“What would you do today if you weren’t afraid to fail?”
This is a quote on a magnet which hangs neatly on my refrigerator. This quote changed my life. Fate isn’t something we just wake up and experience as easily as the first cup of coffee makes its molten ascent out of the carafe, smooth and steady. Embracing my ambition to become a psychotherapist was not always written in the stars. The act of becoming presents road blocks, brick walls, doors slammed in the face, the slaying of a few dragons, encountering some villains, all in a day’s work when we are attempting to become the best version of our self. I was afraid to fail.
Many years ago, I was on a fast track to earning a degree in English Writing with a Minor in English Literature. It was in an honors literature course that I encountered Sigmund Freud’s Five Lectures on Psychoanalysis. I was hooked, immediately changing my major to devote my academic trajectory and the rest of my life to studying and practicing counseling psychology. It started off very well, the theories and interpretation all came to me fluidly and I was thrilled at the prospect of embodying this calling.
The University of Pittsburgh, where I was studying, has an excellent and rigorous Psychology program, where degrees are offered as a Bachelor’s of Science. Subtle but vastly significant differences that translate to very heavy upper level mathematics courses, calculus and statistics, trigonometry. Any of the psychology baccalaureates from the university are very well prepared to become researchers, quantifying and perpetuating the latest science in the field. I have been plagued with math anxiety for my entire life, even basic mathematics courses becoming source for struggle in high school. Quite a dichotomy from the experiences of studying in my social sciences or English courses where a deep understanding of concepts would simply flow to me. Numbers terrified me, but I wanted it, I wanted the degree, I wanted to learn more about papa Freud and his procession of disciples, I wanted to do this every day. Never falling victim to fear, I enter business calculus, two weeks of lectures and each day I departed while suffocating tears behind the ever growing lump in my throat. I withdrew from the course and resigned myself to not being good enough to enter the field. “Leave it behind, you aren’t good at math and you never were!” Hearing all of those self-berating thoughts which are eager to leap out and from the shadows, the stop signs, the yield signs, the take a u-turn! I switched back to English writing, still something I loved to do, no there would be no therapy couch, no exploration of the unconscious. This was where I would settle for less than what I wanted out of fear and a sense of inadequacy. Life went on as it always does, we stuff down our displaced dreams, we move on to be productive, to succeed someplace that doesn’t provoke our fears too much, we choose that which is low risk, “this is sensible” we tell ourselves, “you can’t do this” fear says.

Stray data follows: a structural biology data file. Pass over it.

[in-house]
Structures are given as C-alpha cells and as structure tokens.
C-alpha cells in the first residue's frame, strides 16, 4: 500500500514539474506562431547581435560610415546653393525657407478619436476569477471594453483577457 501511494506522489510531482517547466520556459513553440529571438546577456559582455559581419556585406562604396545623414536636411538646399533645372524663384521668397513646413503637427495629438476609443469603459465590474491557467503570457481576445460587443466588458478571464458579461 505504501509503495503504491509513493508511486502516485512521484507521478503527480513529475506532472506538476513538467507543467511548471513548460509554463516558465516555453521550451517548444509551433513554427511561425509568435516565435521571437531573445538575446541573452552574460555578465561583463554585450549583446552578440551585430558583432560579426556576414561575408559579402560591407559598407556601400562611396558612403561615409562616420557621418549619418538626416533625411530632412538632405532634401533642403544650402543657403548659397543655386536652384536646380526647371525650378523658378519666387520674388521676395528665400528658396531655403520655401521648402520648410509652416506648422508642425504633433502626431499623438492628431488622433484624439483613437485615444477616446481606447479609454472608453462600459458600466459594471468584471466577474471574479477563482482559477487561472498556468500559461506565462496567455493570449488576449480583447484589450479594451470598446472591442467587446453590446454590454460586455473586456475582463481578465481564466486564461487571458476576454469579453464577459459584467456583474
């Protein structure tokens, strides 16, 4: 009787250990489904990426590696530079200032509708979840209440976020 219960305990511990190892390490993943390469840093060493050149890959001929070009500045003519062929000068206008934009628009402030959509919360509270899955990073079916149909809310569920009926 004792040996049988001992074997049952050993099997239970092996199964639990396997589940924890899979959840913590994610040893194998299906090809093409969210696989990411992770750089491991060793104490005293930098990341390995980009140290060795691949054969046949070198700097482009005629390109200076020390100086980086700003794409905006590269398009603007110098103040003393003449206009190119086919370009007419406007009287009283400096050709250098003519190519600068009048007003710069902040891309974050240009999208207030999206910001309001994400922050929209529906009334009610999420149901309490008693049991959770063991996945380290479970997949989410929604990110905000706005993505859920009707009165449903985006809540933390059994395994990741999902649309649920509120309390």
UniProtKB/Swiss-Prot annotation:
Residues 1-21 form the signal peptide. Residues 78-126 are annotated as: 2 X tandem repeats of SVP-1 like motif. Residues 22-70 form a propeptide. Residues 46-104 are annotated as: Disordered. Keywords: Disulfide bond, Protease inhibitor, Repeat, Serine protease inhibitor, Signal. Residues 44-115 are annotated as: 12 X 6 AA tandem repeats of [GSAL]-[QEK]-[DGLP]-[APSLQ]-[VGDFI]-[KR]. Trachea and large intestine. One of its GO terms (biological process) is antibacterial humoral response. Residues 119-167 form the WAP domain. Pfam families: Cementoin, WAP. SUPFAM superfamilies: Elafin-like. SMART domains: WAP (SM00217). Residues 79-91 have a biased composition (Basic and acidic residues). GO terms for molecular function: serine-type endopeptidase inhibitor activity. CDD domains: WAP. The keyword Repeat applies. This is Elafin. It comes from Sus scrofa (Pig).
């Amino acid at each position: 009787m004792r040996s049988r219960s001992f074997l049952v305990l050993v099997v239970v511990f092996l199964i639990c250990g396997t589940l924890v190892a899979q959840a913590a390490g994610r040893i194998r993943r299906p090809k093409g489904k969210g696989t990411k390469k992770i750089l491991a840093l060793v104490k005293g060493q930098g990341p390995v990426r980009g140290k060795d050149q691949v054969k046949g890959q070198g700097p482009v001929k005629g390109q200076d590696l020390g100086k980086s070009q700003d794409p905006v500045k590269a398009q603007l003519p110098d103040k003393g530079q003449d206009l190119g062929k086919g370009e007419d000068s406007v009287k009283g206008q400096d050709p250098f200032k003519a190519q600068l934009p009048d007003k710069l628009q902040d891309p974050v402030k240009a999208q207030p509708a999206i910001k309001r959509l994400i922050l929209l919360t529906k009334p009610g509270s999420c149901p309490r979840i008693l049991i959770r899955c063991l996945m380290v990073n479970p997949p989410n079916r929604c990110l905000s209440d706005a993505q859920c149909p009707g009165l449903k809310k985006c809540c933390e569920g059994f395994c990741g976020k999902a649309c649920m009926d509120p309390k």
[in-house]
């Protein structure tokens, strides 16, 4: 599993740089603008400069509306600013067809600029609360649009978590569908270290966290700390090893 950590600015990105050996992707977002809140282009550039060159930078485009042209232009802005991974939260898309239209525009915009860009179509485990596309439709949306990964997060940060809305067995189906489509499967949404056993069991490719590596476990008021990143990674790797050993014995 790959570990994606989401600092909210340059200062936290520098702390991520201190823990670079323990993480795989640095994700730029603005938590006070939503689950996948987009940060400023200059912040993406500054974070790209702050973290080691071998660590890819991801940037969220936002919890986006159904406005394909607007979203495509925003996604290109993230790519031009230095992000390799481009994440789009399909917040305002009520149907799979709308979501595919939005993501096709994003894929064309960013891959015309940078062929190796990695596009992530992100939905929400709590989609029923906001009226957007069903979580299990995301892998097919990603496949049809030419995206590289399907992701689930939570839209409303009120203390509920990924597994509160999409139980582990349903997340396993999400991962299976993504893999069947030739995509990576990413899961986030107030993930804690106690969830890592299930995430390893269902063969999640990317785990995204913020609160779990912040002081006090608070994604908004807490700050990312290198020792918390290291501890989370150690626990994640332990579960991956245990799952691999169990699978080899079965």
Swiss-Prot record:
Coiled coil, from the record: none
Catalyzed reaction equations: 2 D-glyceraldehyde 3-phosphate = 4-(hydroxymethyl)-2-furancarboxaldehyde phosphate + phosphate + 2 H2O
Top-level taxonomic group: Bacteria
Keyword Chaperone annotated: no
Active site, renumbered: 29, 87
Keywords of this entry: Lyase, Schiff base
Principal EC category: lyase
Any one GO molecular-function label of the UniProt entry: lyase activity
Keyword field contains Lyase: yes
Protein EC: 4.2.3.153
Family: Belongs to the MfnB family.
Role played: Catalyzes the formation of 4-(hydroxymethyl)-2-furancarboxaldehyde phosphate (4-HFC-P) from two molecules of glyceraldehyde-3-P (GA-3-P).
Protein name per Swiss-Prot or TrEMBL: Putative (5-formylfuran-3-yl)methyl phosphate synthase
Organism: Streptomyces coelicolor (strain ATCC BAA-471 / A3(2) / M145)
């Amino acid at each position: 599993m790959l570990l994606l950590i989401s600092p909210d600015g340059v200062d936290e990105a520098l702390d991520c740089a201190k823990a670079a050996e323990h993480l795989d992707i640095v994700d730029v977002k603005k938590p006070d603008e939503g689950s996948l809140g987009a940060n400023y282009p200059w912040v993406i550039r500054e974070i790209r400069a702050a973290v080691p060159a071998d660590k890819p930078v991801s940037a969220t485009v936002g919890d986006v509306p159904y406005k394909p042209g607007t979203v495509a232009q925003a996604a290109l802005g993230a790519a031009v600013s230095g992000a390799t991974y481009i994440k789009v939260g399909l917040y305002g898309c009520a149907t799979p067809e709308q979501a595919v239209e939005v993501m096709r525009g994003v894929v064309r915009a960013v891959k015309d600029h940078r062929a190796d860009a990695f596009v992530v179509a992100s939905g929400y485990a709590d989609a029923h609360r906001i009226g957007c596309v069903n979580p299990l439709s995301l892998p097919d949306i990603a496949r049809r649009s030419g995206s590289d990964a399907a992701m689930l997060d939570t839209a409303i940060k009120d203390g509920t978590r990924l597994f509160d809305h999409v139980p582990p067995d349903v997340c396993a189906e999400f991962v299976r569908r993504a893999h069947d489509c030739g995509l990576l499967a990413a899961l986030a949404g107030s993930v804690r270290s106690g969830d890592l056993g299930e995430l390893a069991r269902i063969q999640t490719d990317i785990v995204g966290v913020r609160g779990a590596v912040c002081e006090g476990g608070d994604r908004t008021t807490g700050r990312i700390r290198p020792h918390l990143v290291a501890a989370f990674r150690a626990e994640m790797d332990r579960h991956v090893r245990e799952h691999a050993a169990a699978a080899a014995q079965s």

A couple of years later, walking down the aisle of Whole Foods, I saw that magnet, “What would you do today if your weren’t afraid to fail?” Before I could formulate the whole thought each fiber in me knew, If I weren’t afraid to fail, I would study psychology, and study psychology is exactly what I did. Reentering those math courses and working harder than I ever had to work to achieve success at anything, attending every study group, showing up to class early and staying late, by blood and sweat I did it, and all of that hard work didn’t just gain me a pass but I “A”ced all of those stats courses and made it through the program to graduate with honors. Now math isn’t even so scary any more, I have come to appreciate some of its applications when it comes to the field of psychology.
What would you do if you weren’t afraid to fail? What would it be? Where do you feel a sense of defeat? Would you ask the girl out on a date? Would you tackle an addiction? Would you learn how to fly a plane? Would you write the next great American novel? Work on your marriage? Back pack Europe? Learn to prepare the perfect Indian Curry? Become fluent in Chinese? Put an end to some defeating or depressing pattern in your life? Start coping with your anxiety? Learn to fly and airplane? Cope with Depression? Work on your start up company? What would you do if you weren’t afraid to fail? By this time you may be wondering, how do you get over this fear of failure, we have an answer for that too, you don’t, the most successful among us have failed a hundred times but have gotten back up one hundred and one, and that is what makes all of the difference!
We hope our humble magnets’ question is as resonant with you as it is for us!
Stephanie McCracken MSPC
Nicole Monteleone MA, LPC, NCC
Reviving Minds Therapy
Counseling and Wellness Center Pittsburgh
1010 Western Avenue Pittsburgh PA 15233